Nature and humans destroying aquatic food webs
Washington: A new research has suggested that humans and nature itself are making it tough for rivers to continue in their central role to support fish species.
Globally, rivers and streams are being drained due to human use and climate change. These and other human impacts alter the natural variability of river flows.
"Floods and droughts shorten the food chain, but they do it in different ways," said John Sabo, a biologist at Arizona State University.
Alan Tessier of the National Science Foundation (NSF) said: "The length of food chains is a crucial determinate of the functioning of ecosystems," said
"Ecologists have long sought to explain why food chain length varies among different ecosystems. This study provides a quantitative answer to that question for stream ecosystems, and provides critical evidence for the importance of flow variation."
Sabo and co-authors suggested that the fate of large-bodied fishes should be more carefully factored into the management of water use, especially as growing human populations and climate change affect water availability.
The researchers studied rivers and streams in the US ranging in size from the Mississippi and Colorado Rivers, down to small tributaries.
The study employed naturally occurring stable isotopes of the element nitrogen to measure how top-predators were faring in the food chain.
"Floods simplify the food web by taking out some of the intermediate players so the big fish begin to eat lower on the chain.
"With droughts, it's completely different: droughts eliminate the top predator altogether because many fish can''t tolerate the low oxygen and high temperatures that result when a stream starts drying out," said Sabo.
Sabo outlined a classic scenario that humans face during drought years.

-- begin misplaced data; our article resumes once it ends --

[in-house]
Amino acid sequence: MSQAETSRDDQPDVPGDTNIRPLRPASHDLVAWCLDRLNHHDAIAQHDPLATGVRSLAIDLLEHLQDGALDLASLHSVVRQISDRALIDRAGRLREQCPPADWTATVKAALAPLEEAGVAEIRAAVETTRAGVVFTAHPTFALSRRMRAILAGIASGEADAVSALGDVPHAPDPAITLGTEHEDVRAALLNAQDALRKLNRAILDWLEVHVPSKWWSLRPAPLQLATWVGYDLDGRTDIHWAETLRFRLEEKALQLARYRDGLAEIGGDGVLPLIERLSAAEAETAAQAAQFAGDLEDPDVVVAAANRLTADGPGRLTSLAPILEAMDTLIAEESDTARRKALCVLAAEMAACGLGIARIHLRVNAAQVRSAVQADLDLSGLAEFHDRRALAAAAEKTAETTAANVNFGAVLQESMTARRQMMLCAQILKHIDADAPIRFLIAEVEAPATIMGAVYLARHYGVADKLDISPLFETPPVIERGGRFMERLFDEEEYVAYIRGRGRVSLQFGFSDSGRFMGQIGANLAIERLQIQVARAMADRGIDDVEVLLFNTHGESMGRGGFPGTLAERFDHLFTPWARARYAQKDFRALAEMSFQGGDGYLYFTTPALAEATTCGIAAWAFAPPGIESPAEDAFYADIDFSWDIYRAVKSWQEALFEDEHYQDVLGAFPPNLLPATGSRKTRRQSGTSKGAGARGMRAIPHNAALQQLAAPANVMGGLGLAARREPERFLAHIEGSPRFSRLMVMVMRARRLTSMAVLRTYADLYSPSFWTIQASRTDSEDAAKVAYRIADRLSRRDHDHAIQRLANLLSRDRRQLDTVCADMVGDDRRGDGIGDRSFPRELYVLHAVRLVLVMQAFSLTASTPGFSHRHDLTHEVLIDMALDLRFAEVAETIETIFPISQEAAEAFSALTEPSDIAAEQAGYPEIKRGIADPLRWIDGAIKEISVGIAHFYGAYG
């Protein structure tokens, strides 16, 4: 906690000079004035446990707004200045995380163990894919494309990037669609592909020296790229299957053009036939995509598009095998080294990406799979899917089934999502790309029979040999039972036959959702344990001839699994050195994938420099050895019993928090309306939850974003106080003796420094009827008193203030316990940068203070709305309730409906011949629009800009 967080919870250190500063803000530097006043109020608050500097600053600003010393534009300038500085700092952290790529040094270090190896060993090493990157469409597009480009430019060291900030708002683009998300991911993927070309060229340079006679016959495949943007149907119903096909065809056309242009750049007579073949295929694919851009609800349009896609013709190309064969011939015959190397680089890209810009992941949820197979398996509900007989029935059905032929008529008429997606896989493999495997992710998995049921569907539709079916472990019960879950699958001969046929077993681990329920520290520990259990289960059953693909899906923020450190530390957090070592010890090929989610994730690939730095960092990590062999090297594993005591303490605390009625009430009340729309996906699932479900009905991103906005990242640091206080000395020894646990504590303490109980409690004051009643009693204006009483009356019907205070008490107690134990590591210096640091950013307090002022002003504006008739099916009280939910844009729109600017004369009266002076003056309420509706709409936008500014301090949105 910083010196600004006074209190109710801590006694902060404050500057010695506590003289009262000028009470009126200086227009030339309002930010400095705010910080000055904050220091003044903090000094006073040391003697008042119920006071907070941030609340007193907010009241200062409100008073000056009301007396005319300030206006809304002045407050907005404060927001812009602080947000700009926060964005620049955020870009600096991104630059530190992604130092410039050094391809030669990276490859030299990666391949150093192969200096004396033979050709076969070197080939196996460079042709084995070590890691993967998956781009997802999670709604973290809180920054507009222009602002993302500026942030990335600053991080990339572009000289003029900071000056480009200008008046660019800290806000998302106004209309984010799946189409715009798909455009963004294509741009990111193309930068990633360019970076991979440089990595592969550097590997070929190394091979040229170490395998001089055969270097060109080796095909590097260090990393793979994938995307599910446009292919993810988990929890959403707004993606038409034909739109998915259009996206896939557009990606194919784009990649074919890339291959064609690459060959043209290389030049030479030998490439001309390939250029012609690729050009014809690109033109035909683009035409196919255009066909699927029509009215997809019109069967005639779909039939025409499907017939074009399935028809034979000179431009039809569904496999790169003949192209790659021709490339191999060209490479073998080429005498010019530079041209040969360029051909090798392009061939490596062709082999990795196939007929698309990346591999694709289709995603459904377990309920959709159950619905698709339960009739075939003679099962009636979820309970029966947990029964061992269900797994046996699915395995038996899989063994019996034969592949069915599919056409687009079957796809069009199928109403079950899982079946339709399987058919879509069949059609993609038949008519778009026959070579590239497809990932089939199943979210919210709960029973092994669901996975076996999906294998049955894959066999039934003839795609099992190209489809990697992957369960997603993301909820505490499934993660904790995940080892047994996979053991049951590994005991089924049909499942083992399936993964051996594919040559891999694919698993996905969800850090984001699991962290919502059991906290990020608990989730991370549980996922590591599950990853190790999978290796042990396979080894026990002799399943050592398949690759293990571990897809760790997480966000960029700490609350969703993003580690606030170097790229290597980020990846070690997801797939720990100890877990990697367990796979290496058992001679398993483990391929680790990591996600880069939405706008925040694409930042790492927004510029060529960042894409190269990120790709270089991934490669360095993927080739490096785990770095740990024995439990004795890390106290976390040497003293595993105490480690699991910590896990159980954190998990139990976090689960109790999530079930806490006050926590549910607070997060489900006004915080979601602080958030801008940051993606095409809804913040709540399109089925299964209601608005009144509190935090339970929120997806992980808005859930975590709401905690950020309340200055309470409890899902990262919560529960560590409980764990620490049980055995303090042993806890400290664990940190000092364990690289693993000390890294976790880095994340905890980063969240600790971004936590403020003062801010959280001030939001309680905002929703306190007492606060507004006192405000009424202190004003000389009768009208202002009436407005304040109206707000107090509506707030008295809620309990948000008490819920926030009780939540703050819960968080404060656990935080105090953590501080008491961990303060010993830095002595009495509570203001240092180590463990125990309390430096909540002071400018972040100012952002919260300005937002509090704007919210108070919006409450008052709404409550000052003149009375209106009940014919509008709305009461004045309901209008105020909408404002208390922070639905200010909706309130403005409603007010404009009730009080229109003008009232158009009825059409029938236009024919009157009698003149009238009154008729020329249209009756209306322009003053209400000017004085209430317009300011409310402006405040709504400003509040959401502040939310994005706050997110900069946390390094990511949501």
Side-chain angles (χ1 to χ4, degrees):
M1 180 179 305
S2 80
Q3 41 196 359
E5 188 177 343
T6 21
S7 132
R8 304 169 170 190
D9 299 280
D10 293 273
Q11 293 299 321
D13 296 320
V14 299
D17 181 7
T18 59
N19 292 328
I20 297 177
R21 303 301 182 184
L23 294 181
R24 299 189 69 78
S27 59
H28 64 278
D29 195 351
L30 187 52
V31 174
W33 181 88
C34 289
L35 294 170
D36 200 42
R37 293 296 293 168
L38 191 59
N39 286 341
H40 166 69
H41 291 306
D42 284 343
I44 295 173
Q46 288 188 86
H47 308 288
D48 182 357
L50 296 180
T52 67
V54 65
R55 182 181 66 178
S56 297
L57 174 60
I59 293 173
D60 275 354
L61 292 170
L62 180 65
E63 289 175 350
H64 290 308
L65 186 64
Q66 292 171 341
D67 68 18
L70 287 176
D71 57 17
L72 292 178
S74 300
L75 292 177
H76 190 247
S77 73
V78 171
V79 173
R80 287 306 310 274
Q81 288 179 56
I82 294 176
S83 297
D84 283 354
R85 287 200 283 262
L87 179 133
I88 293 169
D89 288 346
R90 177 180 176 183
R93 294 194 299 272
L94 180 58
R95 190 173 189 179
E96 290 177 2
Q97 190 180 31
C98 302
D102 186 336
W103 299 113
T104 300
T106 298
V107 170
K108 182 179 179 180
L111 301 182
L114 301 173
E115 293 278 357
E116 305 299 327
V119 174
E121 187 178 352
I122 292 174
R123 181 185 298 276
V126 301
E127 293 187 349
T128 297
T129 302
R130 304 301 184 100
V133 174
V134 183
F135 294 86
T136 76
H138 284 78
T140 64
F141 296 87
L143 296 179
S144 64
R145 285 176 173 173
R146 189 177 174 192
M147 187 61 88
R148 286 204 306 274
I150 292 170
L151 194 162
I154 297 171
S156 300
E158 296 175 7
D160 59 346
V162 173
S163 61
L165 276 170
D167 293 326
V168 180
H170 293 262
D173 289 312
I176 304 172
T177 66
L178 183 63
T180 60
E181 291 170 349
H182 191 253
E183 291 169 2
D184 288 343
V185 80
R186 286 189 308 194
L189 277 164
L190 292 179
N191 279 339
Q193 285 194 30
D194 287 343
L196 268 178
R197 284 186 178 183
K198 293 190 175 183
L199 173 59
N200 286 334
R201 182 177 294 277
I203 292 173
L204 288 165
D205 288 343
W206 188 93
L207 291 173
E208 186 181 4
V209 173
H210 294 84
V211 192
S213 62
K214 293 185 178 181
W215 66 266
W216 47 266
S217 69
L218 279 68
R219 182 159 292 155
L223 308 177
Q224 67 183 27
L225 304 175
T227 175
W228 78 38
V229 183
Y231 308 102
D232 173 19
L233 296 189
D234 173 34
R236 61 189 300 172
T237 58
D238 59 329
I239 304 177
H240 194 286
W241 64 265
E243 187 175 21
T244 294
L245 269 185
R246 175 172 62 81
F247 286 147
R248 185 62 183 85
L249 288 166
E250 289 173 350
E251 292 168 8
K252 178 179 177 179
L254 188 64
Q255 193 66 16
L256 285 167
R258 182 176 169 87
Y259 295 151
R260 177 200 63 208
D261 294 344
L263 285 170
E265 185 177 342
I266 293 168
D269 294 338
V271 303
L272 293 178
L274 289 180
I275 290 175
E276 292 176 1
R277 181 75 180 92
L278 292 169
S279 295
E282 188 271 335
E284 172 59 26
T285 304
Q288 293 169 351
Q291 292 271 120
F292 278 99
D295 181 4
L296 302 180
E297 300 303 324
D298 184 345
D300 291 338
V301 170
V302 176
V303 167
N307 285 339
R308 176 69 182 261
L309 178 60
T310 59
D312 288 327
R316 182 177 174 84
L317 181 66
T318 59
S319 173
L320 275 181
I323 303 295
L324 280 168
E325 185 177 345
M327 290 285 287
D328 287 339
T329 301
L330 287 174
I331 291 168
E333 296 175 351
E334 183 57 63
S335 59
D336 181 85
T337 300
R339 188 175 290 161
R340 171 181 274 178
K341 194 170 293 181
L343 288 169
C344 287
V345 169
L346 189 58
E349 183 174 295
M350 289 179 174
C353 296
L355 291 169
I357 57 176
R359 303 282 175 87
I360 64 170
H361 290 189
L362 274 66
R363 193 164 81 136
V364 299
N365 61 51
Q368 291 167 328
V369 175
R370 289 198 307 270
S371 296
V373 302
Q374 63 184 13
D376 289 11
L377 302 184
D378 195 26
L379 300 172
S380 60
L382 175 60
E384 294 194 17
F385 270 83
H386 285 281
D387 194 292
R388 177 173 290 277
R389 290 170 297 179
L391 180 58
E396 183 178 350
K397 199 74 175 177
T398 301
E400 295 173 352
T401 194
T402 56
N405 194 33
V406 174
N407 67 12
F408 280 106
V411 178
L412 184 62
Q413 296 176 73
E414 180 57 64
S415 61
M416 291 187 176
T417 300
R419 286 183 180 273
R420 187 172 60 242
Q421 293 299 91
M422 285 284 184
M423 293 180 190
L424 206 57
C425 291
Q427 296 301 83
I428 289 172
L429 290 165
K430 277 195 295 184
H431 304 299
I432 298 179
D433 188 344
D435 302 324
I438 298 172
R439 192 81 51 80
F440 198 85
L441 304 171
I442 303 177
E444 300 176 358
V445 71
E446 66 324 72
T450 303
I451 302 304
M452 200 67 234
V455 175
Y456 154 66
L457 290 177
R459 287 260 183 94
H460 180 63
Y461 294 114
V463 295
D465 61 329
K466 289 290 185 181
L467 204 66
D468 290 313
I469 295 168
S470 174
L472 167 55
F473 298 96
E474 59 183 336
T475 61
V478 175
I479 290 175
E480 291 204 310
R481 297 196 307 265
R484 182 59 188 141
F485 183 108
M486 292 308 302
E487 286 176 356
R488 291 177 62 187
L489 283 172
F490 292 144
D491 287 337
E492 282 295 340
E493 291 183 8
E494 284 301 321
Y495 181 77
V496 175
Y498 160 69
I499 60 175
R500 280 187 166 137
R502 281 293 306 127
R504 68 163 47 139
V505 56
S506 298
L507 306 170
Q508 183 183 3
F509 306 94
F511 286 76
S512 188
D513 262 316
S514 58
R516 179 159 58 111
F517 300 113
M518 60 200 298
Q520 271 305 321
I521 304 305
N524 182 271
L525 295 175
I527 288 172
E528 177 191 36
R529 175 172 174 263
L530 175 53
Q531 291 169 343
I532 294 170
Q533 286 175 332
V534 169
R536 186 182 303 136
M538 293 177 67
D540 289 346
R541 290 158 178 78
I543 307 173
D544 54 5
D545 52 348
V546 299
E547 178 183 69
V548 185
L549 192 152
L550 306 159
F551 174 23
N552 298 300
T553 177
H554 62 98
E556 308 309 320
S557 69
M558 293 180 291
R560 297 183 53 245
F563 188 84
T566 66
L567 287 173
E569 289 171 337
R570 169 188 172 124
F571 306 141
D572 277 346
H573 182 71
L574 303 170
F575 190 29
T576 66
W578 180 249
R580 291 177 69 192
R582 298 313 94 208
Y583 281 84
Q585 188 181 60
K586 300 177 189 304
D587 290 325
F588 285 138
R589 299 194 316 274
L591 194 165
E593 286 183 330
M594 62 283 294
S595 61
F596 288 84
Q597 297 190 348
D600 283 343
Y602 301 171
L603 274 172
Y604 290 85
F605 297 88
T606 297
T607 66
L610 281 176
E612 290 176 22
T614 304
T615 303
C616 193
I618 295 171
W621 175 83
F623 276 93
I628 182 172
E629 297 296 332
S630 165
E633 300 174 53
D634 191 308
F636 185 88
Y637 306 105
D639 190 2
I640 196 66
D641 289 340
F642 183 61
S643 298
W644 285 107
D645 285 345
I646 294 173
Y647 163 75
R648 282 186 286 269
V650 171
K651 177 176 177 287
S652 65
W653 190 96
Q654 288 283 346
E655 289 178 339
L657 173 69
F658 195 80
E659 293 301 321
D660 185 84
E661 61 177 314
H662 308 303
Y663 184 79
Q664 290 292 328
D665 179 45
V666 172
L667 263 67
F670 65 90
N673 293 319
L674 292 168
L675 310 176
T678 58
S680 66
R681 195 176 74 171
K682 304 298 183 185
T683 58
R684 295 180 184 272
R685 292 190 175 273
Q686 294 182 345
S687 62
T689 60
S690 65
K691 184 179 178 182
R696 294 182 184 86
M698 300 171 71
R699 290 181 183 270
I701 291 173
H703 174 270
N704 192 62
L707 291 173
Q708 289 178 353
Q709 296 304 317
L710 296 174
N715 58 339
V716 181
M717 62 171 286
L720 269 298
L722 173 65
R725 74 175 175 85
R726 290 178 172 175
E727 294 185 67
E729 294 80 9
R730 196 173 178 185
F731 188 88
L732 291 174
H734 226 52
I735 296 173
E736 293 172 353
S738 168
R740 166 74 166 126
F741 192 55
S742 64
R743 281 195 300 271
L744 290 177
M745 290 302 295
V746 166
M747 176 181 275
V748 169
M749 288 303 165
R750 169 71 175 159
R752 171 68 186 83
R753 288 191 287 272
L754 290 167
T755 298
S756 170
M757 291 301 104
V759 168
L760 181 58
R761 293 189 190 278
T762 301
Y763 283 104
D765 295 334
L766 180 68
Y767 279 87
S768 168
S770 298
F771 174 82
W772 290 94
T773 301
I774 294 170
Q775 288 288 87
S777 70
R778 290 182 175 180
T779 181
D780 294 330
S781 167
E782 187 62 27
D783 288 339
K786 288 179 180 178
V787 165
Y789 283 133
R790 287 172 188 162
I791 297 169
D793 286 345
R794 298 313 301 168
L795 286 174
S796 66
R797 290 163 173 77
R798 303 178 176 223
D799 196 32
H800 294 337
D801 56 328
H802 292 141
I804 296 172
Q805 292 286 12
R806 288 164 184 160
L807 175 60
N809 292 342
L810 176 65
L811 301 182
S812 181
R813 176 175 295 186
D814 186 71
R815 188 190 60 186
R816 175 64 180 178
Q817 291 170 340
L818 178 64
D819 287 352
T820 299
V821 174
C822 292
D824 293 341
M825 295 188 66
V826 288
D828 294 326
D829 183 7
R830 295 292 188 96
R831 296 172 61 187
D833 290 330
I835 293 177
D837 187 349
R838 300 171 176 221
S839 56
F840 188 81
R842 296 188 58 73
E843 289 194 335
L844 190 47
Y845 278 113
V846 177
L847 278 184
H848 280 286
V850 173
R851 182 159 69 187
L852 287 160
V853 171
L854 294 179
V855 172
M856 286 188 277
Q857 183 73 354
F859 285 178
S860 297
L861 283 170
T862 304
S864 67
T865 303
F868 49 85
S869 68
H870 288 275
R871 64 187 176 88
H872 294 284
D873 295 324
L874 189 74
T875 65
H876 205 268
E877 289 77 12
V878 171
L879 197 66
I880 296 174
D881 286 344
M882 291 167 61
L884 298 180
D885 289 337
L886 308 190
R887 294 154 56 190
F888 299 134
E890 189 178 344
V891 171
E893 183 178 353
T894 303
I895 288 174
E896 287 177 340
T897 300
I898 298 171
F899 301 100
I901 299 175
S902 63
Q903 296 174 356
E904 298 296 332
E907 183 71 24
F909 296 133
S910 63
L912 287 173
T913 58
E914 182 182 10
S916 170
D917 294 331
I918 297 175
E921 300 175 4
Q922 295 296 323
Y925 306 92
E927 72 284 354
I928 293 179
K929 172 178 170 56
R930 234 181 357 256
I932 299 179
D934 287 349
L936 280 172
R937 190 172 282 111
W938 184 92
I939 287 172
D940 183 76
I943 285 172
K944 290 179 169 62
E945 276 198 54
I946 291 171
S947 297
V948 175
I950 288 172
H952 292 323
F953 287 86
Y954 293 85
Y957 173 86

As drought takes hold, the need for water for irrigation and agriculture increases and leads to a draw-down of natural river flows.
The effects downstream can be devastating.
"We would not have guessed that the infrequent drought that results would have a big effect on a stream, but our results show that it does.
"Some streams affected by drying five to ten years ago are still missing large-bodied fishes, compared with same-sized streams that never dried.
"Food webs can recover sooner after a flood, in roughly a year, but it takes far longer to recover in the case of drying or drought," said Sabo.
The study has hinted that competing users of a river''s water-for agricultural production and recreational uses like fishing-need to work out amenable uses of rivers and streams that not only look to the immediate future, but also project long-term effects.
"The question becomes: can you have fish and tomatoes on the same table?" asked Sabo.
"They compete for the same resources, and society depends on both: agriculture for grain, fruits, vegetables, and fish for protein, particularly in the developing world.
"Humans may need to make hard decisions about how to allocate water so that we grow the right food, but still leave enough in rivers to sustain fish populations," he added.
The findings appeared in the journal Science.